These are the risks we are exposing everyone to without knowing who, if anyone, will be afflicted. These are the things we have to consider before we decide to take this risk, and more importantly, when and how to take it. We know that a high percentage of High Schools and Colleges that have returned to in-person learning have been forced to move to complete online learning in a relatively short period of time. It started with high schools in Georgia opening and on the day of, a photo of a crowded hallway of maskless students went viral. That school district closed within two weeks after more than fifty positive cases came to light. Since then, Georgia’s largest school district has been forced to follow suit after more than 200 employees district wide either tested positive or were forced into quarantine. At Corinth High in Mississippi, three students tested positive after the first day and more than forty were in quarantine by week's end. A high school in Indiana had so many cases upon students first returning to school that it had to shift to complete online learning after just two days. And these are not the exception, but the rule. All around the south and midwest as schools return this month, a slew of problems are emerging and few solutions are in sight. In Tennessee’s Hamilton school district, a spokesman was forced to plead with parents who had knowingly sent infected kids to school to adhere to the guidelines they put in place. In Louisiana, a group of middle schoolers who refused to wear masks in class and were sent home returned to school the next day and repeated the behavior. Are we ready for this? We know it’s not just middle schools and high schools either. The University of North Carolina opened earlier this month and registered over a third of their 270 total positive cases since March during the first week of testing post incubation period. A week later, one dormitory complex alone yielded 102 positive cases. The result was a shut-down of in-person learning and neighboring North Carolina State joining them in full remote learning for the first semester. Closer to home, in South bend Indiana, Notre Dame brought students back just over two weeks ago, their outbreak resulted in more than 300 students testing positive and a closing of campus activities that Michigan State University (among other midwestern institutions) quickly followed. It seems beyond any question now that in-person learning will lead to a spike in cases in most areas that have any degree of infection level. The exceptions to the rule have consistently been rural school districts in states or parts of states that have not yet experienced any significant level of spread. Metro Detroit and specifically, Macomb County do not fit that description. We know that a number of local colleges and area high schools have moved to complete online learning, at least to start the year. And we know that finances have in some ways informed that decision. This isn’t schools saying, “we want to make more money”, though. This is schools accepting the reality that they might be forced to spend hundreds of thousands or even millions of dollars depending on the district size to start up in-person learning under covid-19 parameters that could in all likelihood be shutdown before the end of the first month. Nationwide the expenses associated with school districts starting up for face-to-face learning, done safely in a Covid-19 environment, is an estimated $116.5 billion price hike. That burden is shared throughout the fifty states and thousands of districts, but nevertheless adds up to a hefty fee for already stretched thin school boards now facing an almost inevitable budget shortfall as a result of the pandemic and the economic recession it has precipitated. Every time a district is forced to shutdown and restart that cost climbs. In fact, next to health and safety, Utica Community Schools Superintendent Christine Johns cited the financial fallout as one of the primary reasons for her district, the second largest in the state, to begin the year entirely online. While no one wants to prioritize cost over what is best for the students, that is an unavoidable reality in the best of times and something we can’t afford to ignore in times like these.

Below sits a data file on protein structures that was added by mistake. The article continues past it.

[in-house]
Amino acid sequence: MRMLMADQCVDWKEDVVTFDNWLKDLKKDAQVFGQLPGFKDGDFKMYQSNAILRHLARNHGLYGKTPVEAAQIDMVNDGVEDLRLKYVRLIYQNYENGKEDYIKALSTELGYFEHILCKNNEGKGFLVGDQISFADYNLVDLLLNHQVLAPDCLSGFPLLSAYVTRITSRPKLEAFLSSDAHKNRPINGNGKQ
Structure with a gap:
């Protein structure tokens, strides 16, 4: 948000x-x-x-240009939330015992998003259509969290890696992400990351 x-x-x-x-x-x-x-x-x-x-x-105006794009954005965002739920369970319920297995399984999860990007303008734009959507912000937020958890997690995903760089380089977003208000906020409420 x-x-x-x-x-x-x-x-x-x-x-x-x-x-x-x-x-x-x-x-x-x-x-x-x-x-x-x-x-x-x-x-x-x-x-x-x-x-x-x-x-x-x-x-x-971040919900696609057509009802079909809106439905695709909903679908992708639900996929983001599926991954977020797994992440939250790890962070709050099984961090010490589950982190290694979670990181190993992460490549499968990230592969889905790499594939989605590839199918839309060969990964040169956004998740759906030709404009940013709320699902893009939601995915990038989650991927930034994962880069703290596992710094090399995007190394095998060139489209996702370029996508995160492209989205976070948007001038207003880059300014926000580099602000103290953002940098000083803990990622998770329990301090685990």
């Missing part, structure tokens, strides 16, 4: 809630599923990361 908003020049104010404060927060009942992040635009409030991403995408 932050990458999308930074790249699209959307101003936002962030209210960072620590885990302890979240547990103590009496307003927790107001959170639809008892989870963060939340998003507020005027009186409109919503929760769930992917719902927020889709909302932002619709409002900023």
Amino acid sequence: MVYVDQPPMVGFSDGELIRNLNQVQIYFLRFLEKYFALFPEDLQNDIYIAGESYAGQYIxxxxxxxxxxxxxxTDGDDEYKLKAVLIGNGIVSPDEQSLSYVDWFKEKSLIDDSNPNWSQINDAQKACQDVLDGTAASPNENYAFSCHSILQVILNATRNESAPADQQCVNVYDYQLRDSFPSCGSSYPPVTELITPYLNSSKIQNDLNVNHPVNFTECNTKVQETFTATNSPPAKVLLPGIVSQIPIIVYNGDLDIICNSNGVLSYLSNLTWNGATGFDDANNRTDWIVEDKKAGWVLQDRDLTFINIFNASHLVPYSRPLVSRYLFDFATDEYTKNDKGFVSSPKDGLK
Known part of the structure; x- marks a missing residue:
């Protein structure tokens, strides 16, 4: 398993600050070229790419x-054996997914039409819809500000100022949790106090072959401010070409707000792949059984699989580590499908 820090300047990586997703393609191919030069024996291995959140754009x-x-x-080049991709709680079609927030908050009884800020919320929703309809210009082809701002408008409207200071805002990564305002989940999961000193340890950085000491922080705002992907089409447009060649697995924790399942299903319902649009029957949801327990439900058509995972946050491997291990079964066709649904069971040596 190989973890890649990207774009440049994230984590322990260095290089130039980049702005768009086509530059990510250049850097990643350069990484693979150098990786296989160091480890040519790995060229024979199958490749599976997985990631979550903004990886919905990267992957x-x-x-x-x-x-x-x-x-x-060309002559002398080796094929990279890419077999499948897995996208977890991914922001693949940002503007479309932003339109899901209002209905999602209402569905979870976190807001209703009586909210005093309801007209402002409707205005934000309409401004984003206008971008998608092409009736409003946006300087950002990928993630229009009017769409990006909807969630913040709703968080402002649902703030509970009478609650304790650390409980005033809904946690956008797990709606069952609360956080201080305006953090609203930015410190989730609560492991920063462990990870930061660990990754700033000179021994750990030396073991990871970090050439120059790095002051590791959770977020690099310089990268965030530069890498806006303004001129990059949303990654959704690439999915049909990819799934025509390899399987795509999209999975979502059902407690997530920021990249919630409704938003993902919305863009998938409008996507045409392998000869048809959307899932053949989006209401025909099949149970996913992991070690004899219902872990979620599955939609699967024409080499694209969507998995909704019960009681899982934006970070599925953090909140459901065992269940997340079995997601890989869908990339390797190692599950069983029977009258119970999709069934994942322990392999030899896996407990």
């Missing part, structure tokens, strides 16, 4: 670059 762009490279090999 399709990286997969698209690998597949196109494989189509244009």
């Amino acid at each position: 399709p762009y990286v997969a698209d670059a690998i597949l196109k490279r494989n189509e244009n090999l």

We know that a great deal of local Collegiate Athletic Conferences have postponed the fall sports season. The Big Ten (B1G), Mid-American (MAC), Great Lakes (GLIAC) and Horizon league are the four largest conferences in which Michigan Colleges and Universities compete. None of them will be playing fall sports. This despite millions of dollars of revenue at stake and a good deal of vocal support from student-athletes for playing the season out as long as possible. That revenue, for schools with a major division one Football program, funds a good portion of the rest of the Athletic Department and yet they are shutting it down and shutting off the faucet completely. For these academic institutions, the student-athletes provide a major boost both financially and in terms of excitement on campus, but their obligation to all of their students' health and safety seems to have trumped that fervor. Not to mention the potential liability, which is even more of a factor for individual public school districts whose budgets are microscopic in comparison. How can anyone assure parents their kids are safe when no one really knows at this time? After having given the green light in late July, last week, the MHSAA decided against having a fall Football season and postponed it, tentatively to the spring. Like their collegiate colleagues, they saw no path to a season without constant constrenuation and the potential for disaster. Football is king among prep sports, but the risk on the field outweighed the reward, which has to make you wonder, why are the classrooms considered any different?


The entire covid-19 experience has been like a gradual begrudging acceptance of a reality we all want to escape. And the dilemma for how to handle back to school is no different. Let’s put aside the feelings of division that have us all too frequently assigning attitudes to people they would never profess to hold themselves. For the purposes of this exercise operate under the following assumption: We all want kids to go back to school for complete face-to-face learning the second it is safe to do so. So what we are really debating is, “when is it safe?” or perhaps more precisely expressed “when is it safe enough to take the risk?”. And considering that even the most distinguished of experts admit that this is not an exact science, perhaps it is also only fair to put aside our own opinions; be they of the more measured middle of the road variety or either the “open up now” or “online all year” extreme points of view. What we all have to admit is that we don’t know. And that with any choice we make there is risk. Some students and families will benefit and thrive, others will suffer and be left behind. Is this fair? No. Is it reality? Sadly, yes. I’ll close by sharing a sentiment that is in no way my own original thought. In fact, it’s been shared in some form or another by so many over the course of this pandemic that I can’t figure who rightly to attribute it to. We will never know for sure if we did too much and should regret overreacting to the dangers of Covid-19 retroactively, but if we do not take sufficient caution, if we are careless and it comes at a cost our children in part have to pay, it will be painfully clear and we will never be able to forgive ourselves.